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Article
January 1993

Surveillance for Occupationally Acquired HIV Infection—United States, 1981-1992

Arch Dermatol. 1993;129(1):31-32. doi:10.1001/archderm.1993.01680220037006
Abstract

Public health surveillance for and risk-assessment studies of human immunodeficiency virus (HIV) infection provide a basis for formulating measures to minimize the risk for occupational transmission of HIV to healthcare workers.1-6 Data on occupational transmission of HIV have been provided by two CDC-supported national surveillance systems: one initiated in 1981 for acquired immunodeficiency syndrome (AIDS) cases and one initiated in 1991 for HIV infections acquired through occupational exposures. This report summarizes data on occupationally acquired HIV infection from these surveillance systems through September 1992.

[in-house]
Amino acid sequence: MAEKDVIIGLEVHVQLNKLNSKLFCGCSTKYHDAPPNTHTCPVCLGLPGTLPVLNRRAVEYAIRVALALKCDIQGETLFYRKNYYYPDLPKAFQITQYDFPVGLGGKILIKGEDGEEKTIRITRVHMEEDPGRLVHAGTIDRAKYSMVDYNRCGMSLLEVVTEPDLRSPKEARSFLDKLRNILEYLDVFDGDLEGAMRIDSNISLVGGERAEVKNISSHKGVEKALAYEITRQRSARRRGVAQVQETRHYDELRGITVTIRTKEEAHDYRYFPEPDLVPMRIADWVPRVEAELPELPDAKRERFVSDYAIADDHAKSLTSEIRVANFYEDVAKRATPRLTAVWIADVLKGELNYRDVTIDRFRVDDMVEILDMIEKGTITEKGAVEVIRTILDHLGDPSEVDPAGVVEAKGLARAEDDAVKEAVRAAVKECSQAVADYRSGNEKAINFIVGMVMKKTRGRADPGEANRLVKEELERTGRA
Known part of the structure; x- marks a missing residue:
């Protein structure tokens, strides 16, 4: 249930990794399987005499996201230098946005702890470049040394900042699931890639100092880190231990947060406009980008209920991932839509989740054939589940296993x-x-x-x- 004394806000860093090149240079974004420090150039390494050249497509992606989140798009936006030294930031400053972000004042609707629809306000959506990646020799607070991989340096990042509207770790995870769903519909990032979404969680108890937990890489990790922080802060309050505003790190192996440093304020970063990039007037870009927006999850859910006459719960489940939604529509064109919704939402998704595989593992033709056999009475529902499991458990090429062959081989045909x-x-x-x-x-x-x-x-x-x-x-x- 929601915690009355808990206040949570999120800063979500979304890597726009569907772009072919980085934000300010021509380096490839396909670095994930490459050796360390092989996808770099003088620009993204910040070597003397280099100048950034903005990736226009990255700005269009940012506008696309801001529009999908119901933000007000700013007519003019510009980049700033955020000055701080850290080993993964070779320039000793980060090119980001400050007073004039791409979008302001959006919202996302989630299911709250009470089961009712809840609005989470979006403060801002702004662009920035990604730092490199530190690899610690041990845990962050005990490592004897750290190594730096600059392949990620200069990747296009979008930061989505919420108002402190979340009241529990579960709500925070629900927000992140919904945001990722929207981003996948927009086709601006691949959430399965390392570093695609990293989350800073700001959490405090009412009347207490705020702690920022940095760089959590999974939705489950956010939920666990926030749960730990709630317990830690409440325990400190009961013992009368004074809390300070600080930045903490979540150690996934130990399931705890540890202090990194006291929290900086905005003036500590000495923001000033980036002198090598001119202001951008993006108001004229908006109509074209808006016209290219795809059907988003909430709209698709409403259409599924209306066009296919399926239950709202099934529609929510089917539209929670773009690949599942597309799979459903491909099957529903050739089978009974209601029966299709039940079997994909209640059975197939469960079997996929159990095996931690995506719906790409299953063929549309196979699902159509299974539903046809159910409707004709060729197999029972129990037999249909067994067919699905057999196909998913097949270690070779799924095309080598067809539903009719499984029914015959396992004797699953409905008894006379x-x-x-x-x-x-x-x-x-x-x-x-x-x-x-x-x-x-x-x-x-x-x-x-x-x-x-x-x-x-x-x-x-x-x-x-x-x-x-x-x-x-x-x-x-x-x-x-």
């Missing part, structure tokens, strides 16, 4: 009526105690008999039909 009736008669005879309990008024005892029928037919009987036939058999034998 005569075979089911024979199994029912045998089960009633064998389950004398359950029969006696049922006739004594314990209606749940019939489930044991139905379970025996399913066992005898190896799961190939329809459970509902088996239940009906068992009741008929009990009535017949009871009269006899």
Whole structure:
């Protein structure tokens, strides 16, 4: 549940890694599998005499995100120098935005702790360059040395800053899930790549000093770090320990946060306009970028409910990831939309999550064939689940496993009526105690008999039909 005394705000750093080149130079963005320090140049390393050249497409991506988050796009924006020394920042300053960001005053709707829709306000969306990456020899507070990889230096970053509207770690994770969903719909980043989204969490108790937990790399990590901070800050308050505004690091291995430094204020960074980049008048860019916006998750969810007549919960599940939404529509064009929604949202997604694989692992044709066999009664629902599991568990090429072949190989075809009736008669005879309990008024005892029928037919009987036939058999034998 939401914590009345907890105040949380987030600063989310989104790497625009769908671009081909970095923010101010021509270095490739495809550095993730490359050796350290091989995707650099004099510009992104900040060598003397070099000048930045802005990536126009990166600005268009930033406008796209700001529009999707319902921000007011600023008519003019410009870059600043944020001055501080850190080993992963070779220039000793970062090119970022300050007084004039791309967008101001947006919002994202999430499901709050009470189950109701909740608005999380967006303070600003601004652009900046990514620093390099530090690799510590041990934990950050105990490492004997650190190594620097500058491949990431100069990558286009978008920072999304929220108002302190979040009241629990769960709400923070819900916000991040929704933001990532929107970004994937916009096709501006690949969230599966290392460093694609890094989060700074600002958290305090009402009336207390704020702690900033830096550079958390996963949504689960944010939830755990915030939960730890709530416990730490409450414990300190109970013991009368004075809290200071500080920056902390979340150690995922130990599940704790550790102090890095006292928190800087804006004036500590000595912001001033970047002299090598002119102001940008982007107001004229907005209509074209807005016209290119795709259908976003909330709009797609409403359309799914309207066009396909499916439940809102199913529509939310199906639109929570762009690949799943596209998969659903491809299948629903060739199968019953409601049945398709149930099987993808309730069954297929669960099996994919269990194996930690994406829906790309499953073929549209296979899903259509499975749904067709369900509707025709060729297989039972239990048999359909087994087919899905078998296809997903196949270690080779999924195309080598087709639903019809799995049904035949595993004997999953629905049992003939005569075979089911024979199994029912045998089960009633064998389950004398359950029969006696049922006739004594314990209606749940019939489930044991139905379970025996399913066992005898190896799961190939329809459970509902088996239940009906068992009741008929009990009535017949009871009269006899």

For surveillance purposes, healthcare workers are defined as persons, including students and trainees, who worked in a health-care, clinical, or HIV-laboratory setting any time since 1978. Persons reported from these two systems have been classified with documented or possible occupationally acquired HIV infection. Those classified with documented occupationally acquired HIV infection had evidence of HIV seroconversion (i.e., a negative HIV-antibody test at the time of

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